S. Bibi et al.: Crowdsourcing in Software Development: Empirical Support for Configuring Contestsof the CSE success according to Li [19], as it is a factor thatcan affect the quality of the end product solution.E. WHEN TO CROWDSOURCE?Numerous studies can be found in literature mentioning theimportance of selecting the right period to crowdsource aproject [30]. Stol et al. [30] appoint that providers need toschedule a contest during the right period so as to ensurethat sufficient number of workers are available when needed.While there may be extensive expertise within the crowd,it might not be available at the moment when it is needed [14].Despite the aforementioned, we were not able to findany case studies answering the When question directly.Li et al. [19] approximated time by introducing a variablerepresenting the contest platform ‘‘traffic’’, measured as thenumber of other projects posted when the present project isbeing crowdsourced. Li et al. [19] examined the influenceof platform traffic on the final quality of the crowdsourcedproject. He concluded that the quality of a crowdsourcedproject is increased when it is posted in a prosperous period(i.e. a number of other challenges are communicated throughthe platform).F. HOW TO CROWDSOURCE?In this section, we present an overview of the experimentalresearch performed on how to crowdsource software development. We mainly refer to the settings and environmentalparameters that orient a contest and affect its performance interms of the quality of the solution acquired and the crowdparticipation and engagement. We should mention that wewere not able to find any studies examining the contestparameters that affect CSE success in terms of cost and time.Archak [2] was one of the first to explore efficient crowdsourcing mechanisms with respect to quality factors. Thefindings of his study highlighted the influence of specialfactors like payment and project requirements over the finalquality of the delivered project. Li in [19] tested 23 software quality factors based on platform and project natureand performed an experimental analysis on crowdsourcedreusable projects concluding that among the four aspects thataffect CSE quality and should be considered when designingcontests are the time period when a project is posted, the sizeof the project, the participation of experienced developersand the level to which the design documents of the projectare of high quality. Sohibani et al. [27] recorded quality factors based on the findings from questionnaires answered byparticipants of 5 different crowdsourcing platforms YouTube,Amazon Mechanical Turk, Wikipedia, Rally Fighter and KickStarter appointing as well that the crowd company workersexperience is very important. Wang et al. [36] suggesteda new quality metric for assessing crowdsourced softwaredevelopment projects, the effort level. The effort level iscalculated as a bi-product of 5 parameters: duration, payment,specification length and number of links, and technologyrequirements.58098Crowd participation was found to be influenced by theclarity of the description of the associated tasks [35].Tasks with unclear objective description, without specifyingrequired technologies or environment setup instructions, discourage developers from selecting them. Crowd participationwas also examined by Stol et al. in [28] who concluded thatthe duration and the prize of contests do not significantlyaffect crowd participation. On the other hand, the numberof competitions that run in parallel within a project has asignificant negative effect on the crowd’s interest in a competition. Alelyani and Yang [1] explored crowd reliabilityby investigating possible connections between the nature ofthe crowd and crowdsourced tasks. Data regarding workforce reliability (in terms of complete task submission andthus participation), task registration speed, task completionduration, skills (on programming language knowledge list)and challenge types (on the nature and rewards of eachcontest) were analyzed and signalized as catalyst factors forsuccess. Similarly, Dwarakanath et al. [8] assessed the crowdtrustworthiness based on submission quality, timeliness andownership concluding that task requirements, user efficacyand reputation strongly influence the trustworthiness of thecrowd. Karim et al. in [13] proposed a recommendationsystem that can help mainly crowd workers (and as a sideeffect providers) on taking over the appropriate tasks based ontechnology requirements and their skills. The aforementionedfactors are also explored by Saremi et al. [25] who exploredteam reliability, velocity and reliability.G. CONTRIBUTIONS OF THE STUDYA summary of the studies experimenting on the successof crowdsourced development is presented in Table 1. Forinstance, study [18] investigates if ‘‘Quality’’ is a parameterthat affects ‘‘why crowdsourcing is performed’’ and ‘‘how thecontest shall be setup’’. The sign ‘‘X’’ corresponds to investigation performed by the current study. Based on Table 1,and the aforementioned discussion, we can observe that themajority of these studies focus on contestants’ behavior andquality assessment. In this study we go beyond current literature, since this study: Focuses on management issues that can be controlledand monitored early. In particular, we focus on aspectsthat are formulated early while designing and setting upthe crowdsourced activity. Special emphasis is placed onfactors that can affect the success of the CSE operation. Provides a model that can aid contest providers ondeciding upon important aspects of challenges’ settings,based on the specific goal of crowdsourcing. Investigates duration and cost of crowdsourcing challenges, as factors for answering all 5W 1H management questions. Examines the where to crowdsource question, from theperspective of the application domain. Examines the relation between the time period when acontest is announced, to the potential success in termsof cost, duration, solution acquisition and quality.VOLUME 8, 2020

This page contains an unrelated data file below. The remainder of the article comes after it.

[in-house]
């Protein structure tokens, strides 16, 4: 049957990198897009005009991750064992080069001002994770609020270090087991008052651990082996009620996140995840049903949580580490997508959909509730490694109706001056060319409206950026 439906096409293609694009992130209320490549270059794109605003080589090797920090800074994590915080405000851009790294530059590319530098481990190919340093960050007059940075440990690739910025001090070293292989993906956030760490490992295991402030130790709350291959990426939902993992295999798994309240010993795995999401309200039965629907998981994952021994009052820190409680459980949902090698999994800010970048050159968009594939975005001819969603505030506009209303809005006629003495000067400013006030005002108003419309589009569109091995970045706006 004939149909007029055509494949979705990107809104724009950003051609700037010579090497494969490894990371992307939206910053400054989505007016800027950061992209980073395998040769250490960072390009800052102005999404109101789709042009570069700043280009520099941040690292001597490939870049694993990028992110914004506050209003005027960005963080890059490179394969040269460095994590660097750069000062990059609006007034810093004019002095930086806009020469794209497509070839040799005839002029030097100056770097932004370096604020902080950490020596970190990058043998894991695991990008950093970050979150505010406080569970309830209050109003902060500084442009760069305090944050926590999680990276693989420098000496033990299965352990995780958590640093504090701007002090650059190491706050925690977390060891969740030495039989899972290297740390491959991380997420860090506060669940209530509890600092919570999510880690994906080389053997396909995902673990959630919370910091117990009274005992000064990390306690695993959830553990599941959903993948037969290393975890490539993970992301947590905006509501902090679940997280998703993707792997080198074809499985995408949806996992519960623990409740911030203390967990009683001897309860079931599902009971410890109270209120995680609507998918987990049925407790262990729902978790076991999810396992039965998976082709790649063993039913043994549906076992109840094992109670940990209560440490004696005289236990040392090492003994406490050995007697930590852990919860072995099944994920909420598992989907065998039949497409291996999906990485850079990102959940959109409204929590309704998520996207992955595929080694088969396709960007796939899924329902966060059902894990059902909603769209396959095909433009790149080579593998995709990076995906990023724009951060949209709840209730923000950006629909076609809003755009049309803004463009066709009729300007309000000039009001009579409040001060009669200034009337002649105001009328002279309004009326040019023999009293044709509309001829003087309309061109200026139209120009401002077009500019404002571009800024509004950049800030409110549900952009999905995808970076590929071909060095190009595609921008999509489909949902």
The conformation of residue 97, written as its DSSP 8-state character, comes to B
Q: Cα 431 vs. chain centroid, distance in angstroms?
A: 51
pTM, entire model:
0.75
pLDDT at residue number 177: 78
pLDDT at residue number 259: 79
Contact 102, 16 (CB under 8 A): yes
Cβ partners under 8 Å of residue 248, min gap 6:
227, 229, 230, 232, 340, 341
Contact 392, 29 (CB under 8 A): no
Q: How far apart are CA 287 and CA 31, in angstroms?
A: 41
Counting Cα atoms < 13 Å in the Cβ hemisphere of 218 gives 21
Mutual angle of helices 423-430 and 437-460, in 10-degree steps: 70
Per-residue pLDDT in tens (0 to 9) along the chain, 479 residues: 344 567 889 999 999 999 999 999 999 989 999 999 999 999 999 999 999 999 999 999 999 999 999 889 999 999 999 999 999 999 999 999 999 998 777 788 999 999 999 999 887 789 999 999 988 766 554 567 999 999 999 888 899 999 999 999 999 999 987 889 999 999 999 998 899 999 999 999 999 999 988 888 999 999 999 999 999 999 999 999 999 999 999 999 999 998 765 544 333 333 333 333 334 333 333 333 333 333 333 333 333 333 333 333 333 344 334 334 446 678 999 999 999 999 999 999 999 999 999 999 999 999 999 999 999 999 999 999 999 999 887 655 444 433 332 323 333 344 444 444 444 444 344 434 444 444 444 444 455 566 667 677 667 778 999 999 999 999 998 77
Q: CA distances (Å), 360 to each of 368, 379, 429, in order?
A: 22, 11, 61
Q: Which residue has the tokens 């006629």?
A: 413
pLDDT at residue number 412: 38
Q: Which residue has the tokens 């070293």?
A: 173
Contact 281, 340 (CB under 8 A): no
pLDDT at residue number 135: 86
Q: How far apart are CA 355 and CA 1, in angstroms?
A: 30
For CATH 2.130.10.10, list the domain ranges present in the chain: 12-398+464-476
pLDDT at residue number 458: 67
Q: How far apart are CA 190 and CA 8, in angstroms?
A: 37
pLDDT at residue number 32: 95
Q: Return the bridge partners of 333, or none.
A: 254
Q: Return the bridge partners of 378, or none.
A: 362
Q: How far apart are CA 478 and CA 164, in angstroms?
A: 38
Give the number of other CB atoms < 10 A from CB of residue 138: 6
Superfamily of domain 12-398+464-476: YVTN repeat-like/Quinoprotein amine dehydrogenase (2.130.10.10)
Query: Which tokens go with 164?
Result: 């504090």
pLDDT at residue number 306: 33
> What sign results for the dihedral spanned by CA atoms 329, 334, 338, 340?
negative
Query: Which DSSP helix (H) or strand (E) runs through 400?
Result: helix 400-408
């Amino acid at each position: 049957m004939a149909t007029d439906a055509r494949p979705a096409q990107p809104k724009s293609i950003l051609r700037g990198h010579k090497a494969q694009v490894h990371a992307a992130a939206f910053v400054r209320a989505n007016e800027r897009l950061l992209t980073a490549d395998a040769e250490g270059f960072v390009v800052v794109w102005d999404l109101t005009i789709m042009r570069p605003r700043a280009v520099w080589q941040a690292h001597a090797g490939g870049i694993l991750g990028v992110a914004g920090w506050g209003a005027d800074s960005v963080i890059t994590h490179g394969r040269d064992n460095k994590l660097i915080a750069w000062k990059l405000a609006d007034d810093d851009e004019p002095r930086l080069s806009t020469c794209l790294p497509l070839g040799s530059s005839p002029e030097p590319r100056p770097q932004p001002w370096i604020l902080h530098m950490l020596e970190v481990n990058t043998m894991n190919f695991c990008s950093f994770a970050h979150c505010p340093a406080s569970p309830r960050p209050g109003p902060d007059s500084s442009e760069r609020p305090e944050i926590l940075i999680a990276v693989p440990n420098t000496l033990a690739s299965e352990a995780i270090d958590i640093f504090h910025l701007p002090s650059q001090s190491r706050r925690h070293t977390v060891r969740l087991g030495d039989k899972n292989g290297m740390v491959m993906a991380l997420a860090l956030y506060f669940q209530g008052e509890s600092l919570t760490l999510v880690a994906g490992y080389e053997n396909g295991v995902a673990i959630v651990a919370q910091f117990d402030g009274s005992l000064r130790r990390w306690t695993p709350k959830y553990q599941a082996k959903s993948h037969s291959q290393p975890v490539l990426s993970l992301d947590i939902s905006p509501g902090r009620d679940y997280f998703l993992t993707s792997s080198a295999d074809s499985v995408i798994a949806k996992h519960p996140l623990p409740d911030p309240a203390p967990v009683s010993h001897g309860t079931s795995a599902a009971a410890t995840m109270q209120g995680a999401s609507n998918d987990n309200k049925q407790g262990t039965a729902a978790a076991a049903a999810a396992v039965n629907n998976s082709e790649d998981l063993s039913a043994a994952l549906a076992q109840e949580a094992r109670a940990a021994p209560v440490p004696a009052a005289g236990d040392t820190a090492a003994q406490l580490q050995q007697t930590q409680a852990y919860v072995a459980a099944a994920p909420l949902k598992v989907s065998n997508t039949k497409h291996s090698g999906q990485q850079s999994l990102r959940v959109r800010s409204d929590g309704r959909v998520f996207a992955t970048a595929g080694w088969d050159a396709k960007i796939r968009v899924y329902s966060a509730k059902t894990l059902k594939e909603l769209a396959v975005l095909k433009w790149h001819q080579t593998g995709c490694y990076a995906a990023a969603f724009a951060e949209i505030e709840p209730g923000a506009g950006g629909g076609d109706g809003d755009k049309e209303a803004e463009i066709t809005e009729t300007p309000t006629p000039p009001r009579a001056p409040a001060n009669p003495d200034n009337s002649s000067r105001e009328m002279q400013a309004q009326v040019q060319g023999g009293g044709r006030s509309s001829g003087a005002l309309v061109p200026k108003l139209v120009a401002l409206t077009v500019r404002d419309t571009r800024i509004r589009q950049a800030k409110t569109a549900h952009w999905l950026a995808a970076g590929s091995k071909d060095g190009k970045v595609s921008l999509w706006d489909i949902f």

S. Bibi et al.: Crowdsourcing in Software Development: Empirical Support for Configuring ContestsTABLE 1. Case studies on CSE challenges.III. STUDY DESIGNIn this section we present the protocol of our case studythat has been designed according to the guidelines ofRuneson et al. [23]. The main goal of the case study is to provide empirical evidence on the success potentials of crowdsourcing software engineering tasks. The factors of interestinclude the parameters that the contest provider should configure, while setting up a new contest, whereas a CSE projectis considered successful if it is able: (a) to acquire a winningsolution, (b) to retain the cost under acceptable thresholds,(c) to maximize quality, and (d) to minimize the duration ofthe contest. To achieve this goal, we conducted a case studyon the 2,209 contests in the TopCoder platform performedduring 2018. The reason for conducting a case study is thatour goal is to investigate the phenomenon of crowdsourcingin its real context. The cases and units of analysis in this studyare presented in Section III-B.A. OBJECTIVES AND RESEARCH QUESTIONSThe overall goal of this case study, formulated accordingto the Goal-Question-Metric approach [3] is to analyzedata from crowdsourced software development; for the purpose ofovercoming software management challenges; withrespect to achieving contest success in terms of solutionacquisition, cost, quality, duration; from the viewpoint ofthe contest provider; in the context of applying the crowdsourcing software development approach in design, development, quality assurance and cognitive tasks. In order toachieve the aforementioned goal, we set six research questions driven by the 5W 1H model defined in Section I:[RQ1] Why should a contest provider setup acompetition?RQ1 focuses on the goals of crowdsourcing. Based on theliterature software development crowdsourcing, apart fromthe delivery of the product per se, provides additional benefits, e.g., decreased development cost, decreased development time and increased quality. Therefore, in this researchquestion we investigate why contest providers’ crowdsourcewith respect to the success indicators that are: delivery of asolution, reduced costs, time efficiency, quality. We answerthis RQ by investigating the values of the aforementionedsuccess indicators per type of software engineering challenge.VOLUME 8, 2020[RQ2] What types of tasks should be crowdsourced?RQ2 aims to investigate the types of crowdsourced software engineering tasks that are the most common in theTop-Coder platform and the level to which these tasks achievethe crowdsourcing goals regarding solution delivery, reducedcosts, time efficiency, quality and Overall Success. In thisRQ we differentiate from RQ1 by examining whether theperformance of each contest, with respect to the four success indicators, is within the success thresholds definedin Section III-D. Being aware of this information the contest provider can have access to the accumulated experiencederived from the TopCoder community regarding the specifictypes of tasks.[RQ3] Where can the crowdsourced projects beexploited?RQ3 digs further into the findings of RQ1 by placingemphasis in the application domain (e.g., business applications, scientific applications, etc.). The obtained benefit fromanswering this research question is the same as in RQ1,we note that the extraction of the application domain cannotbe obtained automatically from the TopCoder API, but wasextracted manually.[RQ4] Who is going to participate and win thecompetition?RQ4 focuses on investigating the profile of the competitionparticipants along with the winner(s) profile. In particular,we obtain information on the experience of the participants/winners and their reliability. This information can be ofparamount importance for contest providers: e.g., if the natureof the contest is relevant only for highly experienced developers, demanding high prize rates, then the configuration ofthe contest should not be of a low prize.[RQ5] When is the right time to crowdsource a project?RQ5 attempts to investigate trends on which periods of theyear are the most active for competitions in terms of openingnew contests, submitti

INDEX TERMS Crowdsourcing, software development, success factors, crowd factors, cost, duration. I. INTRODUCTION The term crowdsourcing combines two words: crowd and outsourcing.Formally,Howe[12] who rstcoinedtheterm in 2006 de ned crowdsourcing as ''the act of taking a job traditionally performed by a designated agent and out-